Next up, we get to the shortest of the nominees (a whopping 2 minutes), “A Single Life.”  When I saw the time stamp for this movie I was wondering how the heck they were going to tell a story in that time frame.  But boy was I surprise!  A record controlling time is probably not new but the way the animators delivered this concept was fantastic.  It told a story in such a succinct and delicious manner that you can’t help but be swept up by it.  And that ending!  That was great.

Honestly, the only thing holding back “A Single Life” would probably be its brevity.  And don’t get me wrong, brevity is fine but when you compare it to a full fledge story that you can latch onto and follow its progression smoothly then you’re on shaky ground.  Such is the way for the final nominee, “The Dam Keeper” which doesn’t have the faults its fellow nominees have.

“The Dam Keeper” has a nice story length with good pacing, it sets the ground rules for its universe fairly early on, it has a unique style to it, and its story is wholly original.  True, anthropomorphized animals is definitely nothing new, but the world that is built around them seems fresh.  I also like how a lot of things are kind of left up in the air such as what the darkness exactly is, why the pig is in charge of keeping the darkness at bay or why the windmill has the power to stop the darkness.  This doesn’t matter so much as the story between the friendship of a young fox and pig.  So wrapped up with it I was that when the pig decided to let the town suffer and let the darkness come in, I was genially surprise at the short’s direction and honestly thought it would end there.  Then, when the pig saw his friend’s drawing, I again thought the story was going to end there with this even bigger downer ending.  Fortunately, the pig was able to save the town and subsequently his friend’s life.  The ending was quite happy if not relieving and left a generally uplifting note in the air.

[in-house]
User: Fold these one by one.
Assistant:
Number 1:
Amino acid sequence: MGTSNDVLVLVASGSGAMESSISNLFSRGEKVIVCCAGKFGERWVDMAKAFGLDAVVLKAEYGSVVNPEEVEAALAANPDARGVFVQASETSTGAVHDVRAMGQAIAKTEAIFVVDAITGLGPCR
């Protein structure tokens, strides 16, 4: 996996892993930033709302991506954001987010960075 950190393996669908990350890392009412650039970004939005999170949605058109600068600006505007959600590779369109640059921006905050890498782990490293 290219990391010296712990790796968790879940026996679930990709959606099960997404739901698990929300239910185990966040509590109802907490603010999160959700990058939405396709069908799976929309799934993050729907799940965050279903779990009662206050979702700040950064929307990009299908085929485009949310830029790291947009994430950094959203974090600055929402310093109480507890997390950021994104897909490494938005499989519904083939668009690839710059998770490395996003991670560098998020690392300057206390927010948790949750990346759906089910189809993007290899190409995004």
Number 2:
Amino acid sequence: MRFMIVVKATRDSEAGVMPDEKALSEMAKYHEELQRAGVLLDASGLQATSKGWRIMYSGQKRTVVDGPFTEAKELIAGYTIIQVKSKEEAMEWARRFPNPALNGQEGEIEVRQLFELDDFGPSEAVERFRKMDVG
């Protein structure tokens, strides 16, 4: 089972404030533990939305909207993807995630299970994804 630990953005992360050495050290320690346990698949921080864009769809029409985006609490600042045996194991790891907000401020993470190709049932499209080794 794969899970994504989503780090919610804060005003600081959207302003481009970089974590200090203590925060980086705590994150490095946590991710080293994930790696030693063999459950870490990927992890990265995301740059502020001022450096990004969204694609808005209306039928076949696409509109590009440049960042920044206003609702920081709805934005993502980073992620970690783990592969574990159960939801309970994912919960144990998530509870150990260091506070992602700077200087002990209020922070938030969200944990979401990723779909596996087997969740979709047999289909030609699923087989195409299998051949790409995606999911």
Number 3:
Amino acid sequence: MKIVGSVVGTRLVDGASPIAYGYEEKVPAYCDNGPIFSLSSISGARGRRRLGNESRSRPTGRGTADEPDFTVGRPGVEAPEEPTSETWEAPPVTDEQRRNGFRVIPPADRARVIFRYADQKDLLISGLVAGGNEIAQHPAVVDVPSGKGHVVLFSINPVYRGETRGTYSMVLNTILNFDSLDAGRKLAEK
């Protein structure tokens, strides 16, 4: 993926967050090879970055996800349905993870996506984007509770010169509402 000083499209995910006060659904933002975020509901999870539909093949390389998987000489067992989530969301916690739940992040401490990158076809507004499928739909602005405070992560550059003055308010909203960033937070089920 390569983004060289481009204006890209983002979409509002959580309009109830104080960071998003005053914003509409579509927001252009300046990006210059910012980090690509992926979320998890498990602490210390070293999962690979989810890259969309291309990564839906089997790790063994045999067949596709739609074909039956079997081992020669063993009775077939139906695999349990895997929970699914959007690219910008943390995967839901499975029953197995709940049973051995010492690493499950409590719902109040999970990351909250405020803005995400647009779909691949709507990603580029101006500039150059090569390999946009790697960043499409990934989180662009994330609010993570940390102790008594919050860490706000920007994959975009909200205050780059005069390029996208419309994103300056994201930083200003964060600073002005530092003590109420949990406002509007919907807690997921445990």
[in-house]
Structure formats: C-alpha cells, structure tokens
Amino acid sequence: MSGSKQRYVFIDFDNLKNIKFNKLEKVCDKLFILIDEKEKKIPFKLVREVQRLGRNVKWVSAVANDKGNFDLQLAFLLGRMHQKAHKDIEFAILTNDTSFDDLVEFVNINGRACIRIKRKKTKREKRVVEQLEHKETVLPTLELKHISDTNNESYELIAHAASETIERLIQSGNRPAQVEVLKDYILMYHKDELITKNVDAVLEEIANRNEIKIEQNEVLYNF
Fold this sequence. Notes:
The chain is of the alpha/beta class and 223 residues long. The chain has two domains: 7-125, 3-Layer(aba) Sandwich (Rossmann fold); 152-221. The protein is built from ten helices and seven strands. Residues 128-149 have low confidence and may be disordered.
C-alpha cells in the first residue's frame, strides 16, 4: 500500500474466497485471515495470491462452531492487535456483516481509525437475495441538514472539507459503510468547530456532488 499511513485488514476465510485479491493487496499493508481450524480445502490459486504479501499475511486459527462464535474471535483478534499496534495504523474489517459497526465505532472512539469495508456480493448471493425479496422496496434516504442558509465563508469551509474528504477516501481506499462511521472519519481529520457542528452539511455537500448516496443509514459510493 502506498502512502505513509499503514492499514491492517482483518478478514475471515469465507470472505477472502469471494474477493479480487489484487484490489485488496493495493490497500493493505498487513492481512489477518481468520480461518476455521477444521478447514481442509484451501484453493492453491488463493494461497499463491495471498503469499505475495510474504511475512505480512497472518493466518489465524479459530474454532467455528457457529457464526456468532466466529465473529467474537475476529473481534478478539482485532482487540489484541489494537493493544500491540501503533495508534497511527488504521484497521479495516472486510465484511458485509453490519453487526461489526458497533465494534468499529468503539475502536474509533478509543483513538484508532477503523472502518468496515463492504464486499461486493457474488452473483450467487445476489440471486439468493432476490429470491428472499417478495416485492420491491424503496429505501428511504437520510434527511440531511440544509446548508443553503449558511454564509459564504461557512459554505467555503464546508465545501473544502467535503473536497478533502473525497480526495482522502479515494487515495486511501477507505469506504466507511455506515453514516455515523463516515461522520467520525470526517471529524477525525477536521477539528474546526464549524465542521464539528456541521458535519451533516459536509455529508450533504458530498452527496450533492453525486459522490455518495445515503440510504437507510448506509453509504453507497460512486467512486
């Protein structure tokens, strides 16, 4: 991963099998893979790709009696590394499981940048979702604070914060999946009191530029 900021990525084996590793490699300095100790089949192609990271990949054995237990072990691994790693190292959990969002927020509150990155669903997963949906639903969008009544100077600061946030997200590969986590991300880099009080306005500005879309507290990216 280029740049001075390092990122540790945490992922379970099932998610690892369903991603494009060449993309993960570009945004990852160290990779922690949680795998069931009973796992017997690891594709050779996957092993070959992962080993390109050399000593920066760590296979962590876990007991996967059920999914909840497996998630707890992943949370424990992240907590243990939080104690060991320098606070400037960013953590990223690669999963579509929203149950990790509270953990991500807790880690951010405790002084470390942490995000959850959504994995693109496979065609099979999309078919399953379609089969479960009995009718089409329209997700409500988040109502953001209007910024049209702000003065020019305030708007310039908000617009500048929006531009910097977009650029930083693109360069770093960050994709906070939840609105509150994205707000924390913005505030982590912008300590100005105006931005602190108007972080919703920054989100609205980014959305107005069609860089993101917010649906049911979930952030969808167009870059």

Now, if I were a betting man, I would bet the Oscars would pick Disney’s “Feast” as the winner because of its happy, warm, feel-good approach.  I would be 100% positive about this if it weren’t for the fact that Disney hasn’t won every year it was in the race.  Heck, last year’s “Get a Horse” lost to “Mr Hublot” which surprised me.  I’m hoping that “The Dam Keeper” will win this year because it deserves it.  If not it then I would be content with “A Single Life” or “Me and My Moulton” winning it as well because they told a better story compared to the bland, predictable “Feast.”  Fingers crossed!